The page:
Tuesday, 14 December 2010

Love, peace and slippers.

On Wednesday evening, I took me down to Strawberry Fields, where everything was real. It was the thirtieth anniversary of John Lennon's murder, and Strawberry Fields is the memorial area of Central Park, right across from the Dakota Building in 72nd Street (or ON 72nd Street as US English has it), where he lived and was shot down, and where his widow Yoko Ono still has apartments.

Susan was working, so I went on my own, riding up on the subway on the A Train. There were hundreds of people there, some lighting and holding candles, all singing Lennon and Beatles songs. The age range was from teens to seventies: John and his band have universal appeal. There was a minute's silence at 10.50pm, the time he was shot, and another at 11.10pm, the time he died, or anyway round about the time he died; a couple of people had turned up by then whose idea of fun was to disrupt things by yelling. There were those who wanted to do some damage to the people shouting. I thought "right; if they won't give peace a chance, split their heads open..." and a woman behind me said, surely rightly, that John would have been with the disrupters. But more or less a minute of more or less silence we eventually got, which is an achievement in itself in Manhattan.

People were relaxed, calm and peaceful, talking to one another about John, the Beatles, what the lyrics meant (I know, I know, but it's inevitable), the history of it all; and singing, always singing. Everyone seemed to know all the lyrics and we were all singing along with great gusto. We sang Imagine (of course), Strawberry Fields Forever (of course), A Day in the Life, which was the moment I choked up-- well, okay, one of them-- and many others. It was at that point that I looked down at my feet and realised that I hadn't changed out of my slippers before I left the house. Well, do you know what? My feet never felt cold or sore, so they must be damn good slippers, well worth the twelve quid I paid for them, so that's a result really. I'm glad I went, glad now that I was there, glad that from now on I can say I was there, that after thirty years I've finally been at a Lennon memorial at Strawberry Fields. And that I have a fine pair of slippers.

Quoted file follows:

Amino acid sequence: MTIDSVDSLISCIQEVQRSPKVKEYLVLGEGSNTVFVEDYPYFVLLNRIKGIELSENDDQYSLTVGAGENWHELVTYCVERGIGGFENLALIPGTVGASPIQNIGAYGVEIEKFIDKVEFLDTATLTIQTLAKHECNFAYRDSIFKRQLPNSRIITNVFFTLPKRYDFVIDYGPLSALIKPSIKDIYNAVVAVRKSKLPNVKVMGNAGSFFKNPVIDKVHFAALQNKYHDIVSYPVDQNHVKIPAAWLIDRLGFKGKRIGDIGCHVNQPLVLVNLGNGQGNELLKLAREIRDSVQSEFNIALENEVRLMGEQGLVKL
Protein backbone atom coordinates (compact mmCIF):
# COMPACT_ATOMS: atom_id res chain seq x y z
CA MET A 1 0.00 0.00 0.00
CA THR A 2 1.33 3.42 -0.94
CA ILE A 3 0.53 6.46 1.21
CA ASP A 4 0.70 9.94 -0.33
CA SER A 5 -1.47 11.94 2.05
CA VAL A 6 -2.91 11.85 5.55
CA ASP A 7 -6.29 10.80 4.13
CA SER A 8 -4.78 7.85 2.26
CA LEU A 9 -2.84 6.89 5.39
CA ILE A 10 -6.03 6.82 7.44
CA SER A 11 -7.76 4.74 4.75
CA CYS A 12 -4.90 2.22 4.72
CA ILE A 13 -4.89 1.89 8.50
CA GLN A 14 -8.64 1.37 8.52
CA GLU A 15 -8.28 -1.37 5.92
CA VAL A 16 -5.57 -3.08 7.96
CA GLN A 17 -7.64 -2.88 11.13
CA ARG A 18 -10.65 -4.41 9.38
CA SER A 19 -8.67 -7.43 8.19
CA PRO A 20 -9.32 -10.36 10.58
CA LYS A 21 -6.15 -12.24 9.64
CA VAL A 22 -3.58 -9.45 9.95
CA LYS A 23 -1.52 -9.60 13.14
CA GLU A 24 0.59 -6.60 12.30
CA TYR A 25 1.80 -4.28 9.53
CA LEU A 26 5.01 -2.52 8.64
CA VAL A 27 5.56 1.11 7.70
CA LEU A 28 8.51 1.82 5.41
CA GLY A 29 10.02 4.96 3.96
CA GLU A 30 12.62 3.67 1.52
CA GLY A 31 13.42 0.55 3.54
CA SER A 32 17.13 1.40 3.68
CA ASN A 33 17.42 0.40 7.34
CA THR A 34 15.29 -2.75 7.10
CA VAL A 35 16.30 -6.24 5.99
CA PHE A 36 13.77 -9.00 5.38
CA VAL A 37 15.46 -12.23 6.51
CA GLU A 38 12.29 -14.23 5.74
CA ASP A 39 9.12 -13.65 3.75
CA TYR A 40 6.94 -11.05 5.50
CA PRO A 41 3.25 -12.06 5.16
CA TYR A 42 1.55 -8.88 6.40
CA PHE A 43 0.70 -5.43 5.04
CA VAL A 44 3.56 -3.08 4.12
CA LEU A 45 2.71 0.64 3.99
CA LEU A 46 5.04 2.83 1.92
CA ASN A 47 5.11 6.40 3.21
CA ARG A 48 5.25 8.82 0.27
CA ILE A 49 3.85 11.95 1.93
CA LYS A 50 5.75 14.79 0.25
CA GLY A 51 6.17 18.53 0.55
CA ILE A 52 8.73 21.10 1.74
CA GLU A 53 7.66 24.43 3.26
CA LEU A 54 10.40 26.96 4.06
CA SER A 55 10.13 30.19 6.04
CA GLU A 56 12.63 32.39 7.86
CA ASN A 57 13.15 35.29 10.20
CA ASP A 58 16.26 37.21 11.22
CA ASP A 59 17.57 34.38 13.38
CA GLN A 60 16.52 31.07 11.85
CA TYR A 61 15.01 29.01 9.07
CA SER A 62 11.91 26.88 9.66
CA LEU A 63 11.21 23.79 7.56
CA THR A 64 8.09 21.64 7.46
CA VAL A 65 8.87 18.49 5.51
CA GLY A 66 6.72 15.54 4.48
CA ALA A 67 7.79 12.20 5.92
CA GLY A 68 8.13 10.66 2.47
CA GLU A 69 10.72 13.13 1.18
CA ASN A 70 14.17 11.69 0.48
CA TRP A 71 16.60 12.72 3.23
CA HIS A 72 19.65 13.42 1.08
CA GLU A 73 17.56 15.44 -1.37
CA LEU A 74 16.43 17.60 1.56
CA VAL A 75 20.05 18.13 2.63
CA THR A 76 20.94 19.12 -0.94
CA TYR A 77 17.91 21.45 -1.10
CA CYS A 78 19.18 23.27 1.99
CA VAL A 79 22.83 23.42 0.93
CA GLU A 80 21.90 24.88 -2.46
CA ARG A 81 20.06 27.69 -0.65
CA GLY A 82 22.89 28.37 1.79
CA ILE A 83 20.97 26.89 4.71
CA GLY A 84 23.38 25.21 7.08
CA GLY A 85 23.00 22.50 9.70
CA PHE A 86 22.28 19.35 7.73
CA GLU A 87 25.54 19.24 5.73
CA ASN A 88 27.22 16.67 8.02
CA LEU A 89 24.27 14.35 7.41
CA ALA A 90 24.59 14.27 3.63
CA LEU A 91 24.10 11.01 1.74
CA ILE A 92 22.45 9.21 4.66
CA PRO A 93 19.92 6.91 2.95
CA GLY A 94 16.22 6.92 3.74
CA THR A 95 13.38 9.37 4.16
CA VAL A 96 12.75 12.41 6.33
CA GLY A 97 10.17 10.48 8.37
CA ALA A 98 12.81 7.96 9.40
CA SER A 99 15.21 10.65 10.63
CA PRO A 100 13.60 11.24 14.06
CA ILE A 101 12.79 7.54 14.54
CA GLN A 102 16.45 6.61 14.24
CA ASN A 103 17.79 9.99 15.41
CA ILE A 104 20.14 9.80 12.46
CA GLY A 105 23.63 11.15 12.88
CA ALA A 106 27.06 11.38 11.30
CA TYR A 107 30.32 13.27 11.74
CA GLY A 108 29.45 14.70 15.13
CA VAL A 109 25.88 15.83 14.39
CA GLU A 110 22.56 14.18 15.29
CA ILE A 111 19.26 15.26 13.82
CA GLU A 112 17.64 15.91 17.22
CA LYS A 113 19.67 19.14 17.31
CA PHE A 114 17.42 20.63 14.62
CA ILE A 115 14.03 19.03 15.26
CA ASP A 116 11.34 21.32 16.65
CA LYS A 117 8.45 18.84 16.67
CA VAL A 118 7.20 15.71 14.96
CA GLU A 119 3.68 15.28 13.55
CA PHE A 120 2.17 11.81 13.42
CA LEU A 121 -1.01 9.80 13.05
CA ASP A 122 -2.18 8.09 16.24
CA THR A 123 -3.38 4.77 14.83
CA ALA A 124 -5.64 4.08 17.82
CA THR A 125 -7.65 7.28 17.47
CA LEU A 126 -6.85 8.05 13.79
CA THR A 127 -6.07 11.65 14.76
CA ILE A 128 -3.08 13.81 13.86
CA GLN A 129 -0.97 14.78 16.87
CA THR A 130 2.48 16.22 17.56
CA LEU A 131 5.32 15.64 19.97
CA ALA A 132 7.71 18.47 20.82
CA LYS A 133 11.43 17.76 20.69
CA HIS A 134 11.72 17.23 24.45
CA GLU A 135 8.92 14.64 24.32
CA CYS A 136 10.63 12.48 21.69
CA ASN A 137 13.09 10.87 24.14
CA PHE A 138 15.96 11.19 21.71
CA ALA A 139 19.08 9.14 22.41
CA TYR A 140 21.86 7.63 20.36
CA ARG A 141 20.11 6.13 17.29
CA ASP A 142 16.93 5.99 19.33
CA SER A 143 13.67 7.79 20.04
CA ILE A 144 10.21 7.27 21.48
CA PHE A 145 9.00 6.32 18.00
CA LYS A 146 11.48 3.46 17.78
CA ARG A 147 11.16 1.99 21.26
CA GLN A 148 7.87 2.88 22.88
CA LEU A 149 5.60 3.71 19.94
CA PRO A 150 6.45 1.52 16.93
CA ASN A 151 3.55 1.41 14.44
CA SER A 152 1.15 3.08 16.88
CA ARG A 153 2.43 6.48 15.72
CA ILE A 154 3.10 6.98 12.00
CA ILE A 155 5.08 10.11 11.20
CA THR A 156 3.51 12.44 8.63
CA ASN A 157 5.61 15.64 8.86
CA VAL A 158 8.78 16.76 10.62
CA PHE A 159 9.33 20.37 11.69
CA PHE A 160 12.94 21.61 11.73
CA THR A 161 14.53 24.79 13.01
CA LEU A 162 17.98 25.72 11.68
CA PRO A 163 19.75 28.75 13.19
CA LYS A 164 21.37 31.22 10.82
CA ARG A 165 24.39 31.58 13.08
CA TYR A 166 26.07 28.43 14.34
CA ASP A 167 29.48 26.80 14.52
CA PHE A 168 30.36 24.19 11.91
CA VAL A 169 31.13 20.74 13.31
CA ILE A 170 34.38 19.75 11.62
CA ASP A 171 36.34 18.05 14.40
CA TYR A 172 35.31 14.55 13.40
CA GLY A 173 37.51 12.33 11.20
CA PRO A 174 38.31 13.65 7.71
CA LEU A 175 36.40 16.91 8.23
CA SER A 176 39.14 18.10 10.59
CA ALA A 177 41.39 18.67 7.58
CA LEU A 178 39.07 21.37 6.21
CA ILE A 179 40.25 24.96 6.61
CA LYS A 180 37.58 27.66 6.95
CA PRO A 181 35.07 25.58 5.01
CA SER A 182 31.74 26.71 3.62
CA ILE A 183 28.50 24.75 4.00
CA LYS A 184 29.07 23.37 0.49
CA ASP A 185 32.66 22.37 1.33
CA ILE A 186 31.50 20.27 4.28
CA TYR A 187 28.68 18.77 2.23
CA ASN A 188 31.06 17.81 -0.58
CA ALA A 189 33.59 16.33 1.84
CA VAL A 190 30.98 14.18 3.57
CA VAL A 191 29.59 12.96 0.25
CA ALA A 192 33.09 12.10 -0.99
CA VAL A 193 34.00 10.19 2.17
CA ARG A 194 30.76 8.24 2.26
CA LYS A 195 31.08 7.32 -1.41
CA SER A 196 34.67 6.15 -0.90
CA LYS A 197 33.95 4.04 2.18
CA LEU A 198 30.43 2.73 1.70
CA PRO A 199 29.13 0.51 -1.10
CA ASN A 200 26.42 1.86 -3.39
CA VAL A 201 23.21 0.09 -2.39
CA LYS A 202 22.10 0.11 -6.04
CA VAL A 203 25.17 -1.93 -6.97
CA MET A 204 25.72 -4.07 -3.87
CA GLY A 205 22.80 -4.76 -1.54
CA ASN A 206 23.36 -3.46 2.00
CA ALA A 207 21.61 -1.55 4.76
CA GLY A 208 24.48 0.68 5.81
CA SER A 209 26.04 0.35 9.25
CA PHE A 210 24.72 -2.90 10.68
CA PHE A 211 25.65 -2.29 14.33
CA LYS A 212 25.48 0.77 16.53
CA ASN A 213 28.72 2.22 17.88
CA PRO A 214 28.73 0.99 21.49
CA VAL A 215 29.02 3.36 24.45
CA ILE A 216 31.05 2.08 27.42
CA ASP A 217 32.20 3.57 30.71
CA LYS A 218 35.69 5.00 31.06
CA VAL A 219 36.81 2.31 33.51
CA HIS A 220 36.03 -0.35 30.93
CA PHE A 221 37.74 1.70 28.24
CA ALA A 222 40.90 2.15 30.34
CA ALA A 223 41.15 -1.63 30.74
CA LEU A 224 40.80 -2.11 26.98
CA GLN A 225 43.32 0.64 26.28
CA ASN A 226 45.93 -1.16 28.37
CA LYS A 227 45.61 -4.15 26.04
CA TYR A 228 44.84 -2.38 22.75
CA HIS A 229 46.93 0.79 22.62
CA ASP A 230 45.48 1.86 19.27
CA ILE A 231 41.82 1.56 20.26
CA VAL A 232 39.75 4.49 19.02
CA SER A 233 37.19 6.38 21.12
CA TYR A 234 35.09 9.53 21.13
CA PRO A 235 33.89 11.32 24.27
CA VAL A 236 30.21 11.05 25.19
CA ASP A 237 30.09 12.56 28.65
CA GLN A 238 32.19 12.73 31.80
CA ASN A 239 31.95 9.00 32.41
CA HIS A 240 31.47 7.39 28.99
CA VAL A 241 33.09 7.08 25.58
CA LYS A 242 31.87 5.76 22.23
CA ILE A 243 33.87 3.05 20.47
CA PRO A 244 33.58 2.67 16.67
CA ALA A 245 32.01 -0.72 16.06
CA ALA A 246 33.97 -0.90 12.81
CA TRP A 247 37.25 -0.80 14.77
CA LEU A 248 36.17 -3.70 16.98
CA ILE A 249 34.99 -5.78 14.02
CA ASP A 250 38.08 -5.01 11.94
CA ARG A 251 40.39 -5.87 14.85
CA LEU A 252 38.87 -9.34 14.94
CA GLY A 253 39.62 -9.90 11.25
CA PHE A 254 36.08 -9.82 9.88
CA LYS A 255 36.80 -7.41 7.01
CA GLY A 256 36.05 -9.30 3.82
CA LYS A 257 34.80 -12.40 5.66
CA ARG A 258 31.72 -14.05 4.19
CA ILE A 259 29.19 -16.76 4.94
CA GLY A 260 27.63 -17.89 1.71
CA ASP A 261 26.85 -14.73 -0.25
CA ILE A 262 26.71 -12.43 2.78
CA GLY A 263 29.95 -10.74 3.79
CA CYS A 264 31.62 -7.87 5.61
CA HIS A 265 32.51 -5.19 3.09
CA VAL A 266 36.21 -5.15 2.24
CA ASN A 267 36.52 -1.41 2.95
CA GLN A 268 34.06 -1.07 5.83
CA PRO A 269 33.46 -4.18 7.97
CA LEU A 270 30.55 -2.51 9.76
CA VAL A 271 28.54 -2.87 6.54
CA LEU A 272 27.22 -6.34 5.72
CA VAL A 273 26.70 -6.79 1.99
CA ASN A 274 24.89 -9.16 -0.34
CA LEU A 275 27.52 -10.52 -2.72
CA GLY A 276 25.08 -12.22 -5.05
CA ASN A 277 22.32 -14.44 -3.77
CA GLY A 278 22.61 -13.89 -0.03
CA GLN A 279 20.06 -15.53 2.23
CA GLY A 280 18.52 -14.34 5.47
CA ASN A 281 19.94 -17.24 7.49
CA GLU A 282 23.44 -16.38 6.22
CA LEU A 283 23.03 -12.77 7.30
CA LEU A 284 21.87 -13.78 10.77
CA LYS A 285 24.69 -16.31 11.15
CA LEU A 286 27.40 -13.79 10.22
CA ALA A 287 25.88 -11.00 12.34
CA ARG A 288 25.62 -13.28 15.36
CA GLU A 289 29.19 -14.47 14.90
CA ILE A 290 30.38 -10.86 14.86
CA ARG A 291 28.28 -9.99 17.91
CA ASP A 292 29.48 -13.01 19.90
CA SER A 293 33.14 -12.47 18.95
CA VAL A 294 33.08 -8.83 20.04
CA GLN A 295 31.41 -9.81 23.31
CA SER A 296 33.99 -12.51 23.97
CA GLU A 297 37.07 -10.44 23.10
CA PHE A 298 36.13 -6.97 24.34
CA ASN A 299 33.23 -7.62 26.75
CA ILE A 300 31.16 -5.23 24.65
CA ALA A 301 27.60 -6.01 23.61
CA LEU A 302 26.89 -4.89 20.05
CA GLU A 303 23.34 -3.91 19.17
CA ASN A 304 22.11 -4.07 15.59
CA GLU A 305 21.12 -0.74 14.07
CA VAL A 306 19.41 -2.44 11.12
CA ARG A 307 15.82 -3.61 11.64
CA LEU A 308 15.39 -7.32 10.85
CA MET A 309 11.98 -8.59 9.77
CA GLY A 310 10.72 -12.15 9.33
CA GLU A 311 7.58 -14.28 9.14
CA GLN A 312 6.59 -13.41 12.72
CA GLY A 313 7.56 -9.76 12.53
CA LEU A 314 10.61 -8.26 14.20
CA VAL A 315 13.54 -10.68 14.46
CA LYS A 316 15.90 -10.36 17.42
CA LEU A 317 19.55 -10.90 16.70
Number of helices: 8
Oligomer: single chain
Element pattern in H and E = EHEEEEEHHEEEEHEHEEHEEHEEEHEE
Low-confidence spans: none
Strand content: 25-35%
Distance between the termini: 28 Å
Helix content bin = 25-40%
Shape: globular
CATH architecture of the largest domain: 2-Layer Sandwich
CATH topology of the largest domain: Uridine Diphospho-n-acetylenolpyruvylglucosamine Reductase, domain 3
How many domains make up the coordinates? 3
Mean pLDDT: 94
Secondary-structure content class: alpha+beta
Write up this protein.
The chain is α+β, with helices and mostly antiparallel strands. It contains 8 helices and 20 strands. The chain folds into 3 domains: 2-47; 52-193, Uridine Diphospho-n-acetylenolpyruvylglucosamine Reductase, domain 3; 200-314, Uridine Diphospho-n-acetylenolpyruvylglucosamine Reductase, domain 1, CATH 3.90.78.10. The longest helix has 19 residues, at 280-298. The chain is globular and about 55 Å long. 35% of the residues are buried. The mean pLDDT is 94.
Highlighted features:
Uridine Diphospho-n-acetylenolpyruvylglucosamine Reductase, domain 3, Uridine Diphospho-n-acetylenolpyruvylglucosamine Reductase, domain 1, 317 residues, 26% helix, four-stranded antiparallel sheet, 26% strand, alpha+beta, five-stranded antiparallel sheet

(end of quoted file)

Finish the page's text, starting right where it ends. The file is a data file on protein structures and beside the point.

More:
Friday, 3 December 2010

Not long now...

It's Friday evening. On Monday morning in the middle of still Sunday night really, I will be off to the airport, where I will board an aeroplane bound for New York. And when I get there, I will see my Susan, hold her, and spend eleven wonderful weeks with her, her family and friends.

She's been writing list after list, of things to do, things to eat, things to see, things to buy, things to cook. She's a list maker, and also a folder user, which will benefit me greatly in the years to come: no more wondering where the hell that electricity bill has disappeared to! No more panicking because I can't find the prescription the doctor gave me just that morning! I will learn to live with her organisationalism (don't care, it's a word NOW), she will learn to live with my scatterism (ditto), we will reach amicable accommodations together. We do so already, mostly without rancour or unpleasantness, although there is on both sides the occasional dropped jaw or raised eyebrow, and sometimes both at once. But most of the time there's only ONE side, called Us; Cameron and Susan; Susan and Cameron.

We're an And now. As in John AND Yoko, Romeo AND Juliet, fish AND chips, bagels AND more bagels. I have never been more certain of anything in my life, and I know, not just feel or think but know, that nor has Susan.

They say that relationships, marriages, take work. They're right. And we're working on this one, out of a shared Love and a shared determination to succeed. Sometimes it takes surprisingly HARD work, and when that's the case, there's a satisfaction of enormous proportions in it when we come out on the other side of it knowing we've done a good job together and put another potential obstacle behind us. We joke and laugh often, talk about films and art and culture, and language, often; discuss serious issues frequently and share always. We don't always agree about everything, but we have a set of shared assumptions that means major conflicts are rare to the point of non-existence.

Sound idyllic? Does it? Well, sorry, but it is. I am hugely happy. It's odd being so happy while still being aware, inside my head, of suffering from depression. Most of the time the depression is fairly distant, more than a memory but less than a spectre. Sometimes it looms larger, when I become aware of still living on a different continent from her or when we have a fight (they're inevitably about really silly little things, all sound and fury but signifying nothing, but they hurt terribly). On occasions like that there are still clouds above my head; but they're little grey ones, not at all the thunderous black devils that used to be there.

Wow. I started this post just because I wanted to write something and wanted to tell you all how exciting it is to be me, here, now. It's taken itself in unexpected directions. Probably not unpredictable ones though. I love it when a piece of writing does that, when I start with a vague idea of what I'm about to write and then the words themselves take over and I end up writing something completely different. Sometimes comedy turns into tragedy or whimsy turns into nostalgia, or nostalgia into feminism. Sometimes even the form changes, and a poem becomes a fairy tale. Once, a poem about a paragraph long got sculpted down to four words, while on another occasion one which felt just not quite right was studied and worried over for two days before I realised that what it needed was to start with a comma. With the comma in place, I felt like baby bear.

I think this post is done now.